To have a culture of art is different than presenting art and the most obvious difficulty here is that the more time and resources have been invested to modernize the infrastructure, the more time, policy and efforts have been put into making it impossible for the society to modernize itself – an entire paradox.
Culture is not cultural production but the discussion about that same production. The leverage produced by art isn’t simply touristic or a financial asset; it is found rather in how art helps shaping the public sphere through education, criticism and educated conversations. That is the only way in which art becomes culture and not stay simply at the level of display.
While the citizens of the Gulf become more and more affluent, the restrictions imposed on society become more and more stringent: Censorship of movies, books, works of art and media are common; but this places the leadership in a very difficult position vis-à-vis their citizens:
The richer a nation is, also the more opportunities will be available to receive an education and it is at best naïve to think that in a part of the world where higher education isn’t precisely world-class, a large chunk of citizens will receive their education abroad and not return home challenged by influences, ideas and questions of the time in which they live.
While artists from the West flock to the Gulf in numbers to have their works exhibited and to occupy different chairs and residences; the local artists are often marginalized and sometimes are able to show their work to the public only overseas – as for example Saudi filmmakers and some painters from Kuwait and Bahrain.
If the local art scene will not nurture the local talent, it will have been a missed opportunity and if whatever art is exhibited, is not discussed in the open and permitted to challenge certain boundaries, the whole enterprise will collapse as a house of cards built on Arabian sand.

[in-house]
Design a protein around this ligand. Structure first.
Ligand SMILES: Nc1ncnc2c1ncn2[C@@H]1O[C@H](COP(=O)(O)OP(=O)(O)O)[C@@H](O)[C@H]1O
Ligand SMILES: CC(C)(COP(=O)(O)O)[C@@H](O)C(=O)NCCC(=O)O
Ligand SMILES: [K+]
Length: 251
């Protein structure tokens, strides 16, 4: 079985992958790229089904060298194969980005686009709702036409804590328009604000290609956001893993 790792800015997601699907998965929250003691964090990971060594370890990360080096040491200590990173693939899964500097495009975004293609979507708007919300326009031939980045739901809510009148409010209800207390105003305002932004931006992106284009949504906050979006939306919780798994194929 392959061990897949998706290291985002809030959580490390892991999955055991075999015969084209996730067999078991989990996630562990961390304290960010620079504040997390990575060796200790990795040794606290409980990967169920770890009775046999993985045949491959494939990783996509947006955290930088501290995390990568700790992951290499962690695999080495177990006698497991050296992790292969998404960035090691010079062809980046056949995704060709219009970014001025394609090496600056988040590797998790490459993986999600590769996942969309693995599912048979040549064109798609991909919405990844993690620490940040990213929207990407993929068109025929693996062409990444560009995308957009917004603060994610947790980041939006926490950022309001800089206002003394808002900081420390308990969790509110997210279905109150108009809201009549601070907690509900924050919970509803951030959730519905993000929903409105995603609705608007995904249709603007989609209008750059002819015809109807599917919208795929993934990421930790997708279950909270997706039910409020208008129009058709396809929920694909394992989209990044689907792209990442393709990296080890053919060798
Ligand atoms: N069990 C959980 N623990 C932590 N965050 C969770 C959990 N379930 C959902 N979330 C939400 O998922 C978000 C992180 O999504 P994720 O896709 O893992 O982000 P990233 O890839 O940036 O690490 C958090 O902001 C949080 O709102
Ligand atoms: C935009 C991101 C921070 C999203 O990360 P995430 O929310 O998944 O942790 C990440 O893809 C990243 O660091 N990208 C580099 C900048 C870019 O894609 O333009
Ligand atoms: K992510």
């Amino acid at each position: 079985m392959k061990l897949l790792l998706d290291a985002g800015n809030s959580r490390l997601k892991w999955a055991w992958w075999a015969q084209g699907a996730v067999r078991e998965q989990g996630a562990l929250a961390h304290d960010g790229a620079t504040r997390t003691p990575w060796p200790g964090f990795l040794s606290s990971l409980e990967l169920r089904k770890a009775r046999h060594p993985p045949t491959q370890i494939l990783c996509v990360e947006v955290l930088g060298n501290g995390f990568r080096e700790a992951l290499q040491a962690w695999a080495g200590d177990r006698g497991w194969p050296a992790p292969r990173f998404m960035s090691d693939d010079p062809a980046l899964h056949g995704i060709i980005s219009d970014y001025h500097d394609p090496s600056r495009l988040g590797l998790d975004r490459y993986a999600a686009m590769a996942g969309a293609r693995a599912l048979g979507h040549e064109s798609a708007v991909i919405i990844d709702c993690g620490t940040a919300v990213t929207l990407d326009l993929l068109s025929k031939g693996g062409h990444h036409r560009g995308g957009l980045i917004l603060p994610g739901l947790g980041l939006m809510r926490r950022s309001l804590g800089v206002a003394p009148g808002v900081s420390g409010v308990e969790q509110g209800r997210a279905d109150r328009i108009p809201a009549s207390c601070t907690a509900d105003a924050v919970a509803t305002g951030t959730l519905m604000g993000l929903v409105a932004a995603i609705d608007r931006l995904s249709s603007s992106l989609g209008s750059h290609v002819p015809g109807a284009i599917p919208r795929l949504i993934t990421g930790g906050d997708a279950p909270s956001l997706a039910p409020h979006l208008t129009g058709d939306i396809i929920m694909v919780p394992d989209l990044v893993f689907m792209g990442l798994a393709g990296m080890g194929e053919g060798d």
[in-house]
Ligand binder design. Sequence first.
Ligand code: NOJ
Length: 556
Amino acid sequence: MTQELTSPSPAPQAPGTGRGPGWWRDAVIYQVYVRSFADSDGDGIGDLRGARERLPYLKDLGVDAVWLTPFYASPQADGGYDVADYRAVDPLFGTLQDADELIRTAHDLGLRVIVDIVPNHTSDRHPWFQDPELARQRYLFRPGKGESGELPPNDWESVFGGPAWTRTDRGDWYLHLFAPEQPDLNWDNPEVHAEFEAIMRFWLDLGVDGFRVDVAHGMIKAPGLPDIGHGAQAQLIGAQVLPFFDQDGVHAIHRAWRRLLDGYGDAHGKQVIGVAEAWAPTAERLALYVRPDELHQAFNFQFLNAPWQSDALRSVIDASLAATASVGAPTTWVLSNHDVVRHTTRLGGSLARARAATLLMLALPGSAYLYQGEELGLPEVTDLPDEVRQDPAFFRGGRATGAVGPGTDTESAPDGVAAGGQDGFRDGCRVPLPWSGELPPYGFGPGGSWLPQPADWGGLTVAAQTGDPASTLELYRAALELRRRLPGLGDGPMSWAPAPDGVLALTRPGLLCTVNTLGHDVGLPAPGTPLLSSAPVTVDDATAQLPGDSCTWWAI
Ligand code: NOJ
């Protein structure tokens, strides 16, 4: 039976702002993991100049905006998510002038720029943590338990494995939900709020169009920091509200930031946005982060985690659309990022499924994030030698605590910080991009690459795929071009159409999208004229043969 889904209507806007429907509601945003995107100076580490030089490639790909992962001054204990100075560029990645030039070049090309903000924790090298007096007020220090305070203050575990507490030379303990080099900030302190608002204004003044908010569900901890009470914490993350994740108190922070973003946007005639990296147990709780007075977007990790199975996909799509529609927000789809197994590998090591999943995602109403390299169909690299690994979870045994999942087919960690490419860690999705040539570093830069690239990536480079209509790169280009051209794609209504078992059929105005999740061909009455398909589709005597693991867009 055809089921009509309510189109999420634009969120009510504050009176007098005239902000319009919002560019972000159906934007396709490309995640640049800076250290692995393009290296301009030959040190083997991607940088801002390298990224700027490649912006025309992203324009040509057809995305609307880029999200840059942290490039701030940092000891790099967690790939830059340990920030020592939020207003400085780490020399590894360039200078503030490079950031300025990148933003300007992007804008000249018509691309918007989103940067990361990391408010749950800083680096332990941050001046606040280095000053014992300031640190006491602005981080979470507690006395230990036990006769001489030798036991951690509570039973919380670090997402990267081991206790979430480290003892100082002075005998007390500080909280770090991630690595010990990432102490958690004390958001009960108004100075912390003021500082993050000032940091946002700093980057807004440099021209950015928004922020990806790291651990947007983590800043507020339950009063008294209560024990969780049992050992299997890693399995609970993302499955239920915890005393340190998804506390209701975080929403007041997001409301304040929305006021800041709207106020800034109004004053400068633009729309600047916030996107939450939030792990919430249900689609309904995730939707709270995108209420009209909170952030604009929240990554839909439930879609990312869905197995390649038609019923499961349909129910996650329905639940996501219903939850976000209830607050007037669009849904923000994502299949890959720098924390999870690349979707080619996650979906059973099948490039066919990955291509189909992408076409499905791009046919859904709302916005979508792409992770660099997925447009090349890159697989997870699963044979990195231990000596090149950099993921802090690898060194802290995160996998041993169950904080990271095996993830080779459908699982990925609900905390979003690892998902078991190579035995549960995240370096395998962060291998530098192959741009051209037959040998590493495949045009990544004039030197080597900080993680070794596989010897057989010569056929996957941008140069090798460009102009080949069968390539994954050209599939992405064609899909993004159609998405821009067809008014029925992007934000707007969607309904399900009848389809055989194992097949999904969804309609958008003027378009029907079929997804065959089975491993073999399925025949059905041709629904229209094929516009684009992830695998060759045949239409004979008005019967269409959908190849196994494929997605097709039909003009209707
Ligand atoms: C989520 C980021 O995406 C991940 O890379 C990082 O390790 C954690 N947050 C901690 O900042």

This week in Kuwait city, an exhibit of celebrated painter Shurooq Amin, “A Man’s World”, that offered a provocative and critical look inside the world of Middle Eastern men, or to be more specific, of Khaleeji men, was permanently shut down because of complaints received by the police about the work being pornographic and inappropriate.
While this was hardly the case, and the event provoked an uproar among certain liberal voices in the country, it is a troubling symptom of the mistaken direction in which censorship and art policies have taken in countries traditionally considered liberal such as Kuwait and Bahrain that are decades ahead of their neighbors in developing a rich cultural scene.
There’s no doubt that censorship in the region is no longer met with conformity, but that rather, the digital age has made it possible to by-pass censorship in many creative ways. People buy books from abroad, watch uncensored films on the Internet and are exposed to uncensored content everywhere.
A website or a TV channel that was censored can be simply hosted in another country without major hassle. There was a time when technology made it possible to control every aspect of life through surveillance, but at this point in time, to simply apply censorship laws arbitrarily can hardly contain the desire of an educated public to be exposed to the world.
The news of Shurooq Amin’s censorship incident spread quickly through social networks and a large number of Kuwaitis and people from elsewhere in the region and otherwise, expressed support for her cause. While there might be a question about some sensibilities being eroded, the challenge of and to authority must be met in a more graceful way.
Shutting down an art exhibit is not successful in imposing censorship as much as it is very successful in encouraging others who oppose censorship to become more and more vocal about it, and what began as a simple incident, could become a tipping point for people who think that so much more is being compromised here: Basic freedoms.
In a region where international art is being promoted at the expense of local talent, for whatever purpose it is – even if ideological, one can be sure that the arbitrariness will not remain unchallenged. Without the freedom to produce, present, discuss, the idea of the Gulf as an art hub is nothing but a wishful illusion.
One could not say that these incidents are everyday life in Kuwait or Bahrain – where they have also happened, but they do highlight clearly how countries constantly modernizing and becoming part of a highly global culture, cannot keep their societies from modernizing as well, and from accepting the challenge of something as simple as the questions posed by works of art.